Graphic design is communication. An individual with a passion for art is not the same as a graphic designer. A graphic designer understands trends and consumer preferences and what it takes to elevate a product from just another of its kind to the one that will sell. The quality of the product itself is of course the primary driver of its marketability, but the design of the packaging and advertising is a close second in influencing consumers to choose it over others. Identical products in packages with different graphic design will sell differently, and choosing a professional designer with an eye for what consumers want is key to reaching the target customers.
Louis Everard is a freelance graphic designer who recently became a part of the NTNU Accel office community. Louis’ affection for Scandinavian design drew him to Trondheim in 2013 at age 19. He brought with him just 2 suitcases and some experience studying visual communications but also an eagerness to do whatever it took to develop his graphic design skill into a career. In his new home he was more motivated to pursue this passion as a career that previously was more of a distraction from his studies than the focus of all his effort. As he’s grown as a designer here in Trondheim, he’s been able to develop a novel business model to make graphic design more accessible to small businesses with limited budgets.
Lacking experience and technical knowledge about the digital forms of the field prevented him from landing a design job, so he found work locally in restaurants, a comfortable position considering his past jobs in kitchens. One of Louis’ first graphic design “gigs” was making event posters for the local student union, Samfundet. This job was an integral part of his development as a self-taught graphic designer as it gave him access to advanced digital tools for design and a highly visible venue to display his talent. His previous experience earning a visual communications certificate before formal graphic design education is far from the traditional path of modern graphic designers, but developing a good base of knowledge about communications is a vital component of what makes him competitive as a freelance designer.
Louis insists that any business can be improved by professional graphic design. His passion for the craft led him to apply to several large design firms, but was turned down for lack of experience each time. Instead of being discouraged by this rejection, he was inspired to find a better model for what graphic design services could be. Restaurants require artwork and printed material in may places, from menus to signs to posters and more. As often as possible, Louis found ways to meet the small design needs of the restaurants where he worked, but he also observed the interactions between the owners and the large firms who were contracted to provide for most of their graphic design needs. He observed the exorbitant fees charged for small changes to menus, for example, and knew there had to be a better way. Attention to detail is key as a graphic designer to communicate the best message through design, and Louis’ attention to detail also helped him develop a new way businesses can interact with designers.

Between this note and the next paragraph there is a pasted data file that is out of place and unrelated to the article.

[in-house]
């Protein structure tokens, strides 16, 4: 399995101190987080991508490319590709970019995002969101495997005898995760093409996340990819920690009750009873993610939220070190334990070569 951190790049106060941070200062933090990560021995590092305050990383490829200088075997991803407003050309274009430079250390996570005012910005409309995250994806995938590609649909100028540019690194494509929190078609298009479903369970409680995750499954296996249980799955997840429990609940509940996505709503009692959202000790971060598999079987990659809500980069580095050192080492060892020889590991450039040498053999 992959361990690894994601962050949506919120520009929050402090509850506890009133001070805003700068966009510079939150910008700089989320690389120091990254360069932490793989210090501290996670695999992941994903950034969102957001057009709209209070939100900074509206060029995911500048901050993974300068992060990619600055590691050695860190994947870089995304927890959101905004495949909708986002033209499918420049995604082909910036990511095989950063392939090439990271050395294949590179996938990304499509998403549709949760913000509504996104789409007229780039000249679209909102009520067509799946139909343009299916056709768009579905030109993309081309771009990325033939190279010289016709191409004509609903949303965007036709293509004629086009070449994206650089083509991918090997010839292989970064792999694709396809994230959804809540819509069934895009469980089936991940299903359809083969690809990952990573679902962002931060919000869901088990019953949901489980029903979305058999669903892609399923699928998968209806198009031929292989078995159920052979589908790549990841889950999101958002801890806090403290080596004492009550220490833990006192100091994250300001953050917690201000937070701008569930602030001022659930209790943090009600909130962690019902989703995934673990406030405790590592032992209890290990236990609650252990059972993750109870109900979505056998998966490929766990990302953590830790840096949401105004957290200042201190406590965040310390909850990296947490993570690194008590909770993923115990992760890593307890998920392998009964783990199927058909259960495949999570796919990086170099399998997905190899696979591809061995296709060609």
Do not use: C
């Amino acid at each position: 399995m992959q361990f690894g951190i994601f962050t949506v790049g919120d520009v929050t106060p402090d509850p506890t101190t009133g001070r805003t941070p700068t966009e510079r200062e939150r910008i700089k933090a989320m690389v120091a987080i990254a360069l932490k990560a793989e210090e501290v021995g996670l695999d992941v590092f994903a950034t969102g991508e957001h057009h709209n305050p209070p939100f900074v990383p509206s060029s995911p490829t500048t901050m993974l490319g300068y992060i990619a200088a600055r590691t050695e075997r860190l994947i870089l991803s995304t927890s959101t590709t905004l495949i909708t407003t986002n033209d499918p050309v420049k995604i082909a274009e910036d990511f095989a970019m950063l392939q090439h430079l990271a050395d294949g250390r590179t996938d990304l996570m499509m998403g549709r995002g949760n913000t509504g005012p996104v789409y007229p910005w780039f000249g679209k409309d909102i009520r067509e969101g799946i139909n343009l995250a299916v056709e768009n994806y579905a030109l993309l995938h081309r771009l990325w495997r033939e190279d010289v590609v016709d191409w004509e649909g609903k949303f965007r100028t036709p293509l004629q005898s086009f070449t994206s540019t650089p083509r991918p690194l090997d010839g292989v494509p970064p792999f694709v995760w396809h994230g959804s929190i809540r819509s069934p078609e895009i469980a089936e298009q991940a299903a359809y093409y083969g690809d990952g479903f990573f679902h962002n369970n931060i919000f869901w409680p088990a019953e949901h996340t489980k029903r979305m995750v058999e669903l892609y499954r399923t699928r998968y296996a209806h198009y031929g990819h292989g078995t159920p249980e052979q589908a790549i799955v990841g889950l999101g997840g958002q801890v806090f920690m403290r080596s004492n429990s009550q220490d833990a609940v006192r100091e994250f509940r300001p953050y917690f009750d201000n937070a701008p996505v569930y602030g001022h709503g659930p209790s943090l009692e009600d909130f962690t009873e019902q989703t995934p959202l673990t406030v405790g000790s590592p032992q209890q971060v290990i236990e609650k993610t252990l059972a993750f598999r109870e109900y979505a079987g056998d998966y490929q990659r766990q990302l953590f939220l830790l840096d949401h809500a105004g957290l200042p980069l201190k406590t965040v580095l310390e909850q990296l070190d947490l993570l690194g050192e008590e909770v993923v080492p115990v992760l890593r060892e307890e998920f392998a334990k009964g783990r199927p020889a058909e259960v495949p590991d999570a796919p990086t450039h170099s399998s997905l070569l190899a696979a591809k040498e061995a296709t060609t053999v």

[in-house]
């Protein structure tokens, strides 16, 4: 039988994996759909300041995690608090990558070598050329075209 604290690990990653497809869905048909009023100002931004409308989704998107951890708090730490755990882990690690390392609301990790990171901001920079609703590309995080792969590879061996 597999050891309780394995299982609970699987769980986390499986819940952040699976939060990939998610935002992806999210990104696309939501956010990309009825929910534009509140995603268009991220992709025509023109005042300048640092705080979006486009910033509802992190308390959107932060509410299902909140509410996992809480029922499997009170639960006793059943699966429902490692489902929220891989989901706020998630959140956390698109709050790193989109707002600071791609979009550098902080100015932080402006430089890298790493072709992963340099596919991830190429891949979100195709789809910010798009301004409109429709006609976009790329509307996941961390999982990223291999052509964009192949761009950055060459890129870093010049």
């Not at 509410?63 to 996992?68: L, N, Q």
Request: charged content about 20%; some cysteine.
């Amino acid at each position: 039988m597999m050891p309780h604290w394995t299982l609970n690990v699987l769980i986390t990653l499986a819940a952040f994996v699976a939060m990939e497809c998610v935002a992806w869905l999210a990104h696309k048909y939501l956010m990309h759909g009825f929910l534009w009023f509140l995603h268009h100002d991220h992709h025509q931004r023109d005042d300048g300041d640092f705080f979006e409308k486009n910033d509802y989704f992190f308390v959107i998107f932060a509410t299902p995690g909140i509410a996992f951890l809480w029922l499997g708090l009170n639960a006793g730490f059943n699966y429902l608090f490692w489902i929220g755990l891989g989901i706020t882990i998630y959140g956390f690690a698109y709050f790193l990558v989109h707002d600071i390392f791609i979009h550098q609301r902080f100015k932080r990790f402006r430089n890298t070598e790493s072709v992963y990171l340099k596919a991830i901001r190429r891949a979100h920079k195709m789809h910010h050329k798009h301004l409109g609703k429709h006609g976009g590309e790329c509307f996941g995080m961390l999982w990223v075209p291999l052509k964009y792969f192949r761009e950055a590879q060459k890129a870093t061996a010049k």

The unique business model Louis created makes high quality and professional graphic design accessible to smaller businesses and startups who may have far smaller budgets than would afford any services from a larger firm. Instead of large fees charged per job from a client, he charges a monthly fee, like a subscription fee, that allows the client to request any amount of work during their 6-month contract. At the end of the 6 months, the client and Louis discuss the workload and delivered products and how the monthly fee may need to change. Louis has found that of the clients that have renewed their contracts after 6 months, most agree to an increased fee as they are so happy with his designs and the competitive pricing structure compared to what is typical in the field.
The novel format of Louis’ freelance work allows him to gain practical experience in the graphic design field. The pay-per-month scheme is advantageous for both small businesses and Louis himself as he’s able to have a lot of control over his workload. He acknowledges the risk of being exploited that exists with this model, but thus far he has been able to manage his contracts well without the issue of spreading himself too thin. As this idea grows into a stand-alone business, he aims to one day employ several more designers in their own space to expand the availability of this unique service to more clients.
Louis describes his design as focusing on simplicity and clean edges, a reflection of his affinity for Scandinavian design. When illustrating by hand, he prefers to use ink in what is sometimes called an etching style. The roughness and permanence of ink used in this style can be seen across his work already seen in windows and on shelves locally.
Having a desk at NTNU Accel puts Louis in direct contact with both startups who could benefit from his services and mentors who can help him grow his idea into a sustainable business. In-person communication is very important to him so the ability to be face-to-face with clients at NTNU Accel to understand their needs and expectations helps improve his ability to provide high quality design.
“Being here is an amazing opportunity and I feel so lucky. The amount of help offered by NTNU Accel and their friendliness is really unmatched” -Louis Everard